6. An extension of our knowledge of Babylonian mathematics was made by H. V. Hilprecht who made excavations at Nuffar (the ancient Nippur). We reproduce one of his tablets in Figure 1.

Hilprecht's transliteration, as given on page 28 of his text is as follows:


7. In further explanation, observe that in


We quote from Hilprecht (op. cit., pp. 28–30):

"We observe (a) that the first numbers of all the odd lines (1, 3, 5, 7, 9, 11, 13, 15) form an increasing, and all the numbers of the even lines (preceded by IGI-GAL-BI = 'its denominator') a descending geometrical progression; (b) that the first number of every odd line can be expressed by a fraction which has 12,960,000 as its numerator and the closing number of the corresponding even line as its denominator, in other words,


But the closing numbers of all the odd lines (720, 360, 180, 90, 18, 9, 18, 9) are still obscure to me....

"The question arises, what is the meaning of all this? What in particular is the meaning of the number 12,960,000 (= 604 or 3,6002) which underlies all the mathematical texts here treated ....? .... This 'geometrical number' (12,960,000), which he [Plato in his Republic viii. 546BD] calls 'the lord of better and worse births,' is the arithmetical expression of a great law controlling the Universe. According to Adam this law is 'the Law of Change, that law of inevitable degeneration to which the Universe and all its parts are subject'—an interpretation from which I am obliged to differ. On the contrary, it is the Law of Uniformity or Harmony, i.e. that fundamental law which governs the Universe and all its parts, and which cannot be ignored and violated without causing an anomaly, i.e. without resulting in a degeneration of the race." The nature of the "Platonic number" is still a debated question.

8. In the reading of numbers expressed in the Babylonian sexagesimal system, uncertainty arises from the fact that the early Babylonians had no symbol for zero. In the foregoing tablets, how do we know, for example, that the last number in the first line is 720 and not 12? Nothing in the symbolism indicates that the 12 is in the place where the local value is "sixties" and not "units." Only from the study of the entire tablet has it been inferred that the number intended is 12 × 60 rather than 12 itself. Sometimes a horizontal line was drawn following a number, apparently to indicate the absence of units of lower denomination. But this procedure was not regular, nor carried on in a manner that indicates the number of vacant places.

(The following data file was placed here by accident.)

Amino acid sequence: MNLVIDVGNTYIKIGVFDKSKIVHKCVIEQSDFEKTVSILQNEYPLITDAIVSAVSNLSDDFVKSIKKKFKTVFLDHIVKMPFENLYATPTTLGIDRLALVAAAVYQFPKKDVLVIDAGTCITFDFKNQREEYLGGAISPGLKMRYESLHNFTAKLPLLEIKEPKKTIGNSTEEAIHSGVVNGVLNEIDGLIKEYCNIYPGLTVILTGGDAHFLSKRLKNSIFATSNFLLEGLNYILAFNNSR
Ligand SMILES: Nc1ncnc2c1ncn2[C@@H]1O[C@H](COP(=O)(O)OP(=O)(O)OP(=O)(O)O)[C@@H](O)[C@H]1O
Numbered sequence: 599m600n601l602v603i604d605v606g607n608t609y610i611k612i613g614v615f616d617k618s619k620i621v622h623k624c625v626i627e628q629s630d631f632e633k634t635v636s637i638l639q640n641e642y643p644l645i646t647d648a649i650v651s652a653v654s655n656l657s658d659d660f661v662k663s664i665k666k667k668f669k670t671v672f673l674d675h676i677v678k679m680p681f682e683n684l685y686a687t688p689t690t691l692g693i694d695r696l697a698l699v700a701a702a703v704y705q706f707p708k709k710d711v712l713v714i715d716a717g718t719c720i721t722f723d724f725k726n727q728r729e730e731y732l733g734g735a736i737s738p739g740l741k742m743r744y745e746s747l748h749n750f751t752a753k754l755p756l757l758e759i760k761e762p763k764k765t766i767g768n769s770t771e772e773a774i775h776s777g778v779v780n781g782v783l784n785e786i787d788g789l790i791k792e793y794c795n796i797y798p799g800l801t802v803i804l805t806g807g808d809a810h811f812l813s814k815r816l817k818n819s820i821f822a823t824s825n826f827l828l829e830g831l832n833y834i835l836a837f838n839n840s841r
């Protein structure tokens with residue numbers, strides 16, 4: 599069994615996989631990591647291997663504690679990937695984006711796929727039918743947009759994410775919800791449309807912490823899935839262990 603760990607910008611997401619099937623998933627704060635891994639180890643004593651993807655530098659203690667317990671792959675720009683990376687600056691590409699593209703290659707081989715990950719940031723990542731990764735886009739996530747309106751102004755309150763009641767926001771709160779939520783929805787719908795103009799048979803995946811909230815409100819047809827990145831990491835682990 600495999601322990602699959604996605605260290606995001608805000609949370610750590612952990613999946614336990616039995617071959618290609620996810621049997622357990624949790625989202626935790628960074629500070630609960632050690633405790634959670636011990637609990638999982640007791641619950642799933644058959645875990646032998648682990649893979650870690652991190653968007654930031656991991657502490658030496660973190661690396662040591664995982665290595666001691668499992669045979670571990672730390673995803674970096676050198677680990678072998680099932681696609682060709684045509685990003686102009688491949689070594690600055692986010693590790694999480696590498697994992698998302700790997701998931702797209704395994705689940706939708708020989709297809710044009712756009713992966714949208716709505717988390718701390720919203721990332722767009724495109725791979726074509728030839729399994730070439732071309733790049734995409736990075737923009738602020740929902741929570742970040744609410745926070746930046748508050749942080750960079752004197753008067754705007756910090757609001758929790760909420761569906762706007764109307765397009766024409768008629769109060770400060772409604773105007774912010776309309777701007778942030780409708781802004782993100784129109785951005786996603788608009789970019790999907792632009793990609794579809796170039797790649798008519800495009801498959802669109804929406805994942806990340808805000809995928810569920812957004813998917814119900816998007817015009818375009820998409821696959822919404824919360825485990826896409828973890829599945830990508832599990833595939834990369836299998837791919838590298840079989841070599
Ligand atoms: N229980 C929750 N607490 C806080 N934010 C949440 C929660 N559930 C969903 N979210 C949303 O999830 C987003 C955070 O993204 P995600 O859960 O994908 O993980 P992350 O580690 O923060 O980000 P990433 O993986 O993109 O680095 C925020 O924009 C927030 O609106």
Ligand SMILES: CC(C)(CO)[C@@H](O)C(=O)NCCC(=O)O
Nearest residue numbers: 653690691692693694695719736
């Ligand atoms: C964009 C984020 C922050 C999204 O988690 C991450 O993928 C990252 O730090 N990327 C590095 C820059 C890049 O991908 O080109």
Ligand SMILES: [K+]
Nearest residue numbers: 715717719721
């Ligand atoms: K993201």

9. To avoid confusion some Babylonian documents even in early times contained symbols for 1, 60, 3,600, 216,000, also for 10, 600, 36,000. Thus · was 10, [ILLUSTRATION OMITTED] was 3,600, [ILLUSTRATION OMITTED] was 36,000.

10. Besides the principles of addition and multiplication, Babylonian tablets reveal also the use of the principle of subtraction, which is familiar to us in the Roman notation XIX (20–1) for the number 19. Hilprecht has collected ideograms from the Babylonian tablets which he has studied, which represent the number 19. We reproduce his symbols in Figure 2. In each of these twelve ideograms (Fig. 2), the two symbols to the left signify together 20. Of the symbols immediately to the right of the 20, one vertical wedge stands for "one" and the remaining symbols, for instance [ILLUSTRATION OMITTED], for LAL or "minus"; the entire ideogram represents in each of the twelve cases the number 20 – 1 or 19.